“We are not talking about a revenue driver for government agencies though a properly administered regulatory system would drag in sizeable revenue for government, but we are suggesting rather for government agencies saddled with this duty to do the right thing.”
As part of measures towards enforcing market sanity and investment confidence, Enitan said that any property development company found culpable in the breach of real estate market regulations, of which breaches eventually result in deaths of citizens should be made to face prosecution manslaughter or murder related crimes.
Besides, he said that such developer should be banned from engaging in property development in Lagos State, while blacklisting their director from being involved in any company with articles for commercial or public buildings development in Lagos State for 10years.
According to him, reinstatement of such company should be subjected to industry’s access fitness tests.
Another expert, Mr. Emmanuel Akinwumi, said it was high time stakeholders commenced practical actions by digging into the root causes with a view to putting an end to the menace.
He described the incident as “very sad in deed” stating that each time a building collapses, the blame game starts.
Another expert,who identified himself simply as “HK”, pointed out that the real estate’s industry has become all comers’ affairs, saying there was no national housing development guidelines and standards in place.
“So is just a field for anyone even tailors can supervise and build since they have skills in design,” he said.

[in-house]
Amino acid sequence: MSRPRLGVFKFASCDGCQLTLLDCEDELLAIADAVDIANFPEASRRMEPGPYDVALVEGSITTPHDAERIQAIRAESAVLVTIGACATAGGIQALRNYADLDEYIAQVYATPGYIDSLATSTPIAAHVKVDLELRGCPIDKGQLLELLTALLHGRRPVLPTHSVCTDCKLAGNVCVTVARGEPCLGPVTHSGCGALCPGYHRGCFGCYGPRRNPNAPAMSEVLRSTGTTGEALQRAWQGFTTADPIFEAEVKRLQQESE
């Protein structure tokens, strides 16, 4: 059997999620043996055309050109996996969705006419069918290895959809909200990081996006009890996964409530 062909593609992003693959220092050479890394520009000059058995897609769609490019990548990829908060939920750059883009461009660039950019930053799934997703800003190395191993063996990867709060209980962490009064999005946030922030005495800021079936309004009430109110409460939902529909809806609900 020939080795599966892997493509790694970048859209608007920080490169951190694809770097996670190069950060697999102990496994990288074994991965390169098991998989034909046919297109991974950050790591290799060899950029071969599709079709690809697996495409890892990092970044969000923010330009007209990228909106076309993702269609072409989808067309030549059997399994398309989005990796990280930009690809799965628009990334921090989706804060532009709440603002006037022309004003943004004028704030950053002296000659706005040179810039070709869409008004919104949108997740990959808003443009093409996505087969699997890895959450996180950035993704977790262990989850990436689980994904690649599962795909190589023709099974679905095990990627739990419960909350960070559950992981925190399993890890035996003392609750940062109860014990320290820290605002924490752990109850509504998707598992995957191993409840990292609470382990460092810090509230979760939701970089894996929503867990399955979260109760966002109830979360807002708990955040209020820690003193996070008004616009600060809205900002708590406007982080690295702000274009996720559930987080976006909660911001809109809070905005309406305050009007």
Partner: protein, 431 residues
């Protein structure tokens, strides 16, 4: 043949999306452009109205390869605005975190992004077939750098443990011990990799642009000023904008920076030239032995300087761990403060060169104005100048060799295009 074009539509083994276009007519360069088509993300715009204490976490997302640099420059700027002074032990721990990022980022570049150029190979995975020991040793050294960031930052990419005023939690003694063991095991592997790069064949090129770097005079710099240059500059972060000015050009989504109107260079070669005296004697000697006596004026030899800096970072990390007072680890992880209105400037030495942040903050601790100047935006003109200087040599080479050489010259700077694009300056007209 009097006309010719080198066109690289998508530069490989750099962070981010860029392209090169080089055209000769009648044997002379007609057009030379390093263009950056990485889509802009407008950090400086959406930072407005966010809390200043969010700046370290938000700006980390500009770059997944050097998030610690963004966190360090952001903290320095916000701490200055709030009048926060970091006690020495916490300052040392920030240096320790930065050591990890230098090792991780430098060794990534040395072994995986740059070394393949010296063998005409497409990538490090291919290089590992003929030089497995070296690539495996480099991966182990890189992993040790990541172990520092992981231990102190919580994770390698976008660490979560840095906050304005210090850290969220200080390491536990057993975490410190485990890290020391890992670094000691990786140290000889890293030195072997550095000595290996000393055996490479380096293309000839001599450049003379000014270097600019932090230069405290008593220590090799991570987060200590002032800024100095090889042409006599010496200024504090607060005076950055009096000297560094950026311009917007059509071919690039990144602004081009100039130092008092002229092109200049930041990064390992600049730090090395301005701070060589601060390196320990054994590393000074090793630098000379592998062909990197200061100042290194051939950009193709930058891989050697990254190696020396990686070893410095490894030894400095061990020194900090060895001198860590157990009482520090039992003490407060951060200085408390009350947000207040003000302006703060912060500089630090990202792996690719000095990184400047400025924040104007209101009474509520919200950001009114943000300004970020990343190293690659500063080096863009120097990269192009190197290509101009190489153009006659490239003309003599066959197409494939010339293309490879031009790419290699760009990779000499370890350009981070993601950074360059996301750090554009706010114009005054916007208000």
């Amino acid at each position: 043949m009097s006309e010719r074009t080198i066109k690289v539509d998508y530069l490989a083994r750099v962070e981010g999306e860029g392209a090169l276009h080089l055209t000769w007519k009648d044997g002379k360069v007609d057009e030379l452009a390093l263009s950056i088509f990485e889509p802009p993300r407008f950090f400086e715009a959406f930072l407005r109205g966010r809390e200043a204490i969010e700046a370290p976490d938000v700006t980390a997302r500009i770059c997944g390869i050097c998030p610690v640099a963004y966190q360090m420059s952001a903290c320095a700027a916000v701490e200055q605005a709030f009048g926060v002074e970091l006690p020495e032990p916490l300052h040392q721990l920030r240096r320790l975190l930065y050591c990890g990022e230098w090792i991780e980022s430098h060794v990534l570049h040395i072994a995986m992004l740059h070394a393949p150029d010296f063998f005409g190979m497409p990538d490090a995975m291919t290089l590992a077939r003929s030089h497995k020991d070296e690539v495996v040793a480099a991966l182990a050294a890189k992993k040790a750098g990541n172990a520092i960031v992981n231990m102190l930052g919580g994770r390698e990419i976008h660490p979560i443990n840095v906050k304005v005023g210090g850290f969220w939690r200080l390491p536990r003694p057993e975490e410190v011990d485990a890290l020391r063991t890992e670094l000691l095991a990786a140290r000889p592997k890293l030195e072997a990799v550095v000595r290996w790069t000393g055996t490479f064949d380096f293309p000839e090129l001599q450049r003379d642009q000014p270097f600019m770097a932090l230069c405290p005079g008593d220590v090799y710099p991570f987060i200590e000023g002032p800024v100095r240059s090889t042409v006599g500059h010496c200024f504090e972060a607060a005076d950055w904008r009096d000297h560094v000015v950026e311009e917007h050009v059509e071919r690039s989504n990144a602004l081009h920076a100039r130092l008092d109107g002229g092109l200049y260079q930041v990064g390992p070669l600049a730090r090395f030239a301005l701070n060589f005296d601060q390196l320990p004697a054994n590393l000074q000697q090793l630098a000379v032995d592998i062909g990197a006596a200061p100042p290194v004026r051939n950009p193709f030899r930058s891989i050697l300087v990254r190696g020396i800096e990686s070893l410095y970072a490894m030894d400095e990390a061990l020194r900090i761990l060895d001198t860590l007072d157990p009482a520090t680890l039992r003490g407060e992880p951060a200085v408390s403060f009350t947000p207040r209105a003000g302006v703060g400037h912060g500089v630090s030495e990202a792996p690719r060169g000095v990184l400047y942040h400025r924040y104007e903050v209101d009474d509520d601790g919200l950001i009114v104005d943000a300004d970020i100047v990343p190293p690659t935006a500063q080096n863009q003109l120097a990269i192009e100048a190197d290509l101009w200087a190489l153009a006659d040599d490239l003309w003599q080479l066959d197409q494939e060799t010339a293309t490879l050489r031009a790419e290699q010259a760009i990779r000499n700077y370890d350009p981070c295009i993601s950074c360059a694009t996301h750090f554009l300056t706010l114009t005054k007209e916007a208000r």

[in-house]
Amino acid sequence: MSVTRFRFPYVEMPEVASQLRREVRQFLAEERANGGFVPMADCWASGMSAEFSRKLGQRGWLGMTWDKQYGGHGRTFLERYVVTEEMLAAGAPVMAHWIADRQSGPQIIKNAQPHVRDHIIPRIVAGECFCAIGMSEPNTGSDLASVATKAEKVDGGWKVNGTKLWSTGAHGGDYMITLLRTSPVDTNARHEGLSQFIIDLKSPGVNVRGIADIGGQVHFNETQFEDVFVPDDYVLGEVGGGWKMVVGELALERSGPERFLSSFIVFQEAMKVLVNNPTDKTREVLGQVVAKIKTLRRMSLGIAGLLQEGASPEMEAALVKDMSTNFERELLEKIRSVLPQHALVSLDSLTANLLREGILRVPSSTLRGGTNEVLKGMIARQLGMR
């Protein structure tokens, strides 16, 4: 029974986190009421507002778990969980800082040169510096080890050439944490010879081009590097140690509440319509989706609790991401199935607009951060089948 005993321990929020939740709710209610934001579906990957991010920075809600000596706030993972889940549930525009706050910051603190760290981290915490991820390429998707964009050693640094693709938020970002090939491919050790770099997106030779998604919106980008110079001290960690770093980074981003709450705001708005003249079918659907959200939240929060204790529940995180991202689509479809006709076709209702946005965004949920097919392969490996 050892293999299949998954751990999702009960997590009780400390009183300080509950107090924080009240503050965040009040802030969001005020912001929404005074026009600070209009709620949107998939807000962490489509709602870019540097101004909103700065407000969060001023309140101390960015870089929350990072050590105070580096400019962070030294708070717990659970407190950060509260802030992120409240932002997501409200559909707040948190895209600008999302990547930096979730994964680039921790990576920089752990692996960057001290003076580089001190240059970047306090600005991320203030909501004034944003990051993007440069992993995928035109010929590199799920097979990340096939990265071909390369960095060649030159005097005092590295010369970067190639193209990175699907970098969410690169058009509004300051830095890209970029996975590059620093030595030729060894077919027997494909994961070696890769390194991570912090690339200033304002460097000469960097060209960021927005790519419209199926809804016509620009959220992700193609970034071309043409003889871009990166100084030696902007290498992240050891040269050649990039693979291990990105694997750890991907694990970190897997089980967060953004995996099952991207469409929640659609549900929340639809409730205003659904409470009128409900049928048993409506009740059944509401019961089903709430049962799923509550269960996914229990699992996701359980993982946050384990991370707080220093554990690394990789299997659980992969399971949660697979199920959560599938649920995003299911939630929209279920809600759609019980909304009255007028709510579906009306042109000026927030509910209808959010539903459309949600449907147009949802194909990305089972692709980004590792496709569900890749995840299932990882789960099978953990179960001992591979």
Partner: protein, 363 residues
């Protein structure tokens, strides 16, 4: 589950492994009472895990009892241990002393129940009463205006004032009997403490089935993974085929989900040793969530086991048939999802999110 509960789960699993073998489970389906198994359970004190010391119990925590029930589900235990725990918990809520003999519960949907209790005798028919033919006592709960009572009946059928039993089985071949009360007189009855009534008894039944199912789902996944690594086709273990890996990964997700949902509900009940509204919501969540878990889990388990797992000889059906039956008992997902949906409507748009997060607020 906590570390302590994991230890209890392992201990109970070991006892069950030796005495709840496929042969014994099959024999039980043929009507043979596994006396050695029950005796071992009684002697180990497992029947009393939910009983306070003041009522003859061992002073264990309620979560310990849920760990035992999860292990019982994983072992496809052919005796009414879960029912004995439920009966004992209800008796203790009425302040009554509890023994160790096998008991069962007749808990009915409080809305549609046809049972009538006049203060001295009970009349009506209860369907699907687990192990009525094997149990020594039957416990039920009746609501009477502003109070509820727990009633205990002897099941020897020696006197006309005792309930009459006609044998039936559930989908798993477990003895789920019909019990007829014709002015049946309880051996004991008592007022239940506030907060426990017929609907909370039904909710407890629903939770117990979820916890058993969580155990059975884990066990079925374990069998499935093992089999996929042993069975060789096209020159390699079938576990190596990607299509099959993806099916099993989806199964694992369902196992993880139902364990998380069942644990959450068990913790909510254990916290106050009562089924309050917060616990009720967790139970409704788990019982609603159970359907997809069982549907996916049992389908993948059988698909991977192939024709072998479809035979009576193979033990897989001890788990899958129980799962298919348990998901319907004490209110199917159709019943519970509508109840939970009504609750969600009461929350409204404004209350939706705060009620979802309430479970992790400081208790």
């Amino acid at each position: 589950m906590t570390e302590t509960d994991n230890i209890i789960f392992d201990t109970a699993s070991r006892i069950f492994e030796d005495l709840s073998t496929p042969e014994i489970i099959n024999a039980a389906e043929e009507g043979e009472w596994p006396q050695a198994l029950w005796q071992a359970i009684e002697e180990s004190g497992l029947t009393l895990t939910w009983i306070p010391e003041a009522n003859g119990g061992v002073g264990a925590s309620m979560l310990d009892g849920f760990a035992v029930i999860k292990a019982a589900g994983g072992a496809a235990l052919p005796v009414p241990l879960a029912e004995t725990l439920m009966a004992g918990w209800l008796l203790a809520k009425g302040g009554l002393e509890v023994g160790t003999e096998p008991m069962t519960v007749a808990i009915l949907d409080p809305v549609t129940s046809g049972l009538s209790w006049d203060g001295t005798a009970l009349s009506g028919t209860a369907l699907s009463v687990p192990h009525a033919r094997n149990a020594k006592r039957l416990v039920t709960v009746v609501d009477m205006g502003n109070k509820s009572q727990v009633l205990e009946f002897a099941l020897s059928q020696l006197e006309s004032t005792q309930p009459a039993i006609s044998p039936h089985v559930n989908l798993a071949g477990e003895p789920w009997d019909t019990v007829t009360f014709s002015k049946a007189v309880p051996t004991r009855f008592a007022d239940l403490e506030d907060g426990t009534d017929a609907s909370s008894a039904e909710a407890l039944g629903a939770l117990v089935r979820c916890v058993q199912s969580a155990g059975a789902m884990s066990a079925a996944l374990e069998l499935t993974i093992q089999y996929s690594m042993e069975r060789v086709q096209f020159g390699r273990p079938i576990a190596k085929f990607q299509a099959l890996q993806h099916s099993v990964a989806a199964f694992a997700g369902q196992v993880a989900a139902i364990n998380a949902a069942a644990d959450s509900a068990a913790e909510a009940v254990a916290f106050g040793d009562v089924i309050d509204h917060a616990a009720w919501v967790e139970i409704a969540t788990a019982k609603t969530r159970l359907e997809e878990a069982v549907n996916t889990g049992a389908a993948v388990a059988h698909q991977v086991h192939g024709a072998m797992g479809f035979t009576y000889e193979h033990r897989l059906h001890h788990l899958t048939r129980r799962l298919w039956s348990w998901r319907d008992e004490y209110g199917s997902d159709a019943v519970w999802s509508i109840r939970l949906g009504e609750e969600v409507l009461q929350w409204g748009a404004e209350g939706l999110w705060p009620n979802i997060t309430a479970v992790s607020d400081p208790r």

According to him, time has come to have a national document that would guide and could be referenced for housing development.
Absence of national document that specifies the roles of government, professionals, developers, service providers and building products’ sellers, he explained was another reason weakening the cases against developers in the court when they are charged for prosecution.
He wants government to engage Certified Workplace Incident Investigators to lead the efforts of getting to the root cause of building collapse.
“We will all be amazed at the findings. We have the expertise among the IOCs and are Nigerians.
“Enough of same types of outcomes that have not addressed the fundamental root causes of the collapsed building in Nigeria,” he said.
Talking about past tribunal on building collapse, the expert said the panels’ compositions and methods of investigation had never stopped building collapse, warning that “if we continue with same method, the chances of overcoming building collapse will be difficult.”